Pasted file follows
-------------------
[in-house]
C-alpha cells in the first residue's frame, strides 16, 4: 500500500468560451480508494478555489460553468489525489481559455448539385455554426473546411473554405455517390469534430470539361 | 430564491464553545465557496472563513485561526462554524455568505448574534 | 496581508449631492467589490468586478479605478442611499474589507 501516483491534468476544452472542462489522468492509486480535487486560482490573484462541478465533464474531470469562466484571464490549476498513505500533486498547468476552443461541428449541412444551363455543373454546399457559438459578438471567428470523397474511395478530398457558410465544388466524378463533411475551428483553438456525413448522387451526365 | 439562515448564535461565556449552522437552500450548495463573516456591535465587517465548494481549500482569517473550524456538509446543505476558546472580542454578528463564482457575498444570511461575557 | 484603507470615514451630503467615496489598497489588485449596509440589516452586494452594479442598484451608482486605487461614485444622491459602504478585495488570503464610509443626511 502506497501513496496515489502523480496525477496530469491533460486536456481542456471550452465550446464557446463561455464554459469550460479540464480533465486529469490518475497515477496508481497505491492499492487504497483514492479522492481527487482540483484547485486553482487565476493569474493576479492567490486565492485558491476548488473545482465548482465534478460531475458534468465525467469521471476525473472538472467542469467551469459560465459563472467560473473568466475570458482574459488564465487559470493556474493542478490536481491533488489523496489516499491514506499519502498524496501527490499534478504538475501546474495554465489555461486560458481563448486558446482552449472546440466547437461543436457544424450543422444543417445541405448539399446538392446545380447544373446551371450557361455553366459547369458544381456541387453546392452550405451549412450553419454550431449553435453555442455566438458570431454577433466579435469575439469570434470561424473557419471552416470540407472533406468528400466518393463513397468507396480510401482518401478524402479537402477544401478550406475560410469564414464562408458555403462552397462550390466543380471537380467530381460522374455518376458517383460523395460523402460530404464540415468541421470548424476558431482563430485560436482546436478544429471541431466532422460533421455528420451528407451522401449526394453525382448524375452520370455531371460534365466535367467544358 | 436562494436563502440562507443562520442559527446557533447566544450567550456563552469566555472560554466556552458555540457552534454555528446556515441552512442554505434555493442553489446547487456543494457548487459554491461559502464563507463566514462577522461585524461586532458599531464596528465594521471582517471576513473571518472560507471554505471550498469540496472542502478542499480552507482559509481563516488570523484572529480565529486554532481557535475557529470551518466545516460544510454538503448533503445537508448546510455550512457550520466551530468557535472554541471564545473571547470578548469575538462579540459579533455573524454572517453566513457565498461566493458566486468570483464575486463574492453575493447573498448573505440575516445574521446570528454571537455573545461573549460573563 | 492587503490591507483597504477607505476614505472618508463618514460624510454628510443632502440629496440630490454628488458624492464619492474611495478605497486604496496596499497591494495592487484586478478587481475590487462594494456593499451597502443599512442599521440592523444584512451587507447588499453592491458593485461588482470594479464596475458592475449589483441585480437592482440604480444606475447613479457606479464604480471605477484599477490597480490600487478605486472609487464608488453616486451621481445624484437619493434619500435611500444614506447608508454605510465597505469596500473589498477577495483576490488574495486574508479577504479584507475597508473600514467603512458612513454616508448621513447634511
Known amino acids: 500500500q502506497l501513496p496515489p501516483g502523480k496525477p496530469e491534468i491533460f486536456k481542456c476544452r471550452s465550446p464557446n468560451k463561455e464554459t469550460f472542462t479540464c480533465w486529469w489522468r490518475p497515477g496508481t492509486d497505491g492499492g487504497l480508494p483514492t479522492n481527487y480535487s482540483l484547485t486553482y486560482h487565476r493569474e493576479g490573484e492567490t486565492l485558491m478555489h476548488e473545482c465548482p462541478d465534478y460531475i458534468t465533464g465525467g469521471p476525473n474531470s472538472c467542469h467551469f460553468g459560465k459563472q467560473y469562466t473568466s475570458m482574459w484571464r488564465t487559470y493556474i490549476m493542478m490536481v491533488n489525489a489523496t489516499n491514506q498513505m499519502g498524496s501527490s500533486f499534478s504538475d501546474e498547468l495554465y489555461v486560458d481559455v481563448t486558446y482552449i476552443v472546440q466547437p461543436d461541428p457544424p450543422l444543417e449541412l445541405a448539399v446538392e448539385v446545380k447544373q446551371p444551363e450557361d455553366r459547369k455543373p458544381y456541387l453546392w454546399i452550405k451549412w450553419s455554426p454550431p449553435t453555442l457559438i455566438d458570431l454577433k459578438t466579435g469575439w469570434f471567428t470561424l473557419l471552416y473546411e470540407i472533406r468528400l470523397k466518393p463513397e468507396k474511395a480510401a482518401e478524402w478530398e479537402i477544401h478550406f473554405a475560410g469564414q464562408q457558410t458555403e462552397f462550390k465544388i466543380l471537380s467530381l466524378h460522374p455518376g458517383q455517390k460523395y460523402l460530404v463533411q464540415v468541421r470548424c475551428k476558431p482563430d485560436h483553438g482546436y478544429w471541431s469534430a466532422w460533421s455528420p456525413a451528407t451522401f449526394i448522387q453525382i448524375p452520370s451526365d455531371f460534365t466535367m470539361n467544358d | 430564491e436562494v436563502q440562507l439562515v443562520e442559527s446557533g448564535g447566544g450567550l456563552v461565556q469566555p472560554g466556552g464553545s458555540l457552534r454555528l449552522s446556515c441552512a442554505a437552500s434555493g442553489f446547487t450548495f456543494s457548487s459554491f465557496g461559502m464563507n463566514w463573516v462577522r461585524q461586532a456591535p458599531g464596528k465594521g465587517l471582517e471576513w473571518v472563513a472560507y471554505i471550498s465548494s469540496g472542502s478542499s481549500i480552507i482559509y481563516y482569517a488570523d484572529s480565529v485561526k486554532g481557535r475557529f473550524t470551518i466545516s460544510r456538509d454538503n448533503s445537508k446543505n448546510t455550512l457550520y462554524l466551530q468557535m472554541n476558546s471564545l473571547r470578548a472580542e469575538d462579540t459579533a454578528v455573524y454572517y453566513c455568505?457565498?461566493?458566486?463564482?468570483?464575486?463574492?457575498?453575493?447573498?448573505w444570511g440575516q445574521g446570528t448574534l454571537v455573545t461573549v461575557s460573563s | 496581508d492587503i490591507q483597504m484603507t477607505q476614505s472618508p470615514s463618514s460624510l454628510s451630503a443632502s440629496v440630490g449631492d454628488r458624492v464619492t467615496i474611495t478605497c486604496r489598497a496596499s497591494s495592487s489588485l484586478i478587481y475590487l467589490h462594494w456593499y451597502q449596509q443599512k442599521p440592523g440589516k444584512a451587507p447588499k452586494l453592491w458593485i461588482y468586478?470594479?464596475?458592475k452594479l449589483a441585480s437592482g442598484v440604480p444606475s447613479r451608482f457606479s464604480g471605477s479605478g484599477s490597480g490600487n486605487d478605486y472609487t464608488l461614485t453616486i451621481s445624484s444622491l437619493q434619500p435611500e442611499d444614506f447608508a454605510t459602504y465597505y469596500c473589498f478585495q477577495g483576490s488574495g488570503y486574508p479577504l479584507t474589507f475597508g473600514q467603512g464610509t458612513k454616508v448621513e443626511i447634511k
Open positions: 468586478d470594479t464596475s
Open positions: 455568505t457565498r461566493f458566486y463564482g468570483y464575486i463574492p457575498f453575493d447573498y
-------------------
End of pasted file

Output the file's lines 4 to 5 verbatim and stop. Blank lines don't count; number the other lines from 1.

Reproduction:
Open positions: 468586478d470594479t464596475s
Open positions: 455568505t457565498r461566493f458566486y463564482g468570483y464575486i463574492p457575498f453575493d447573498y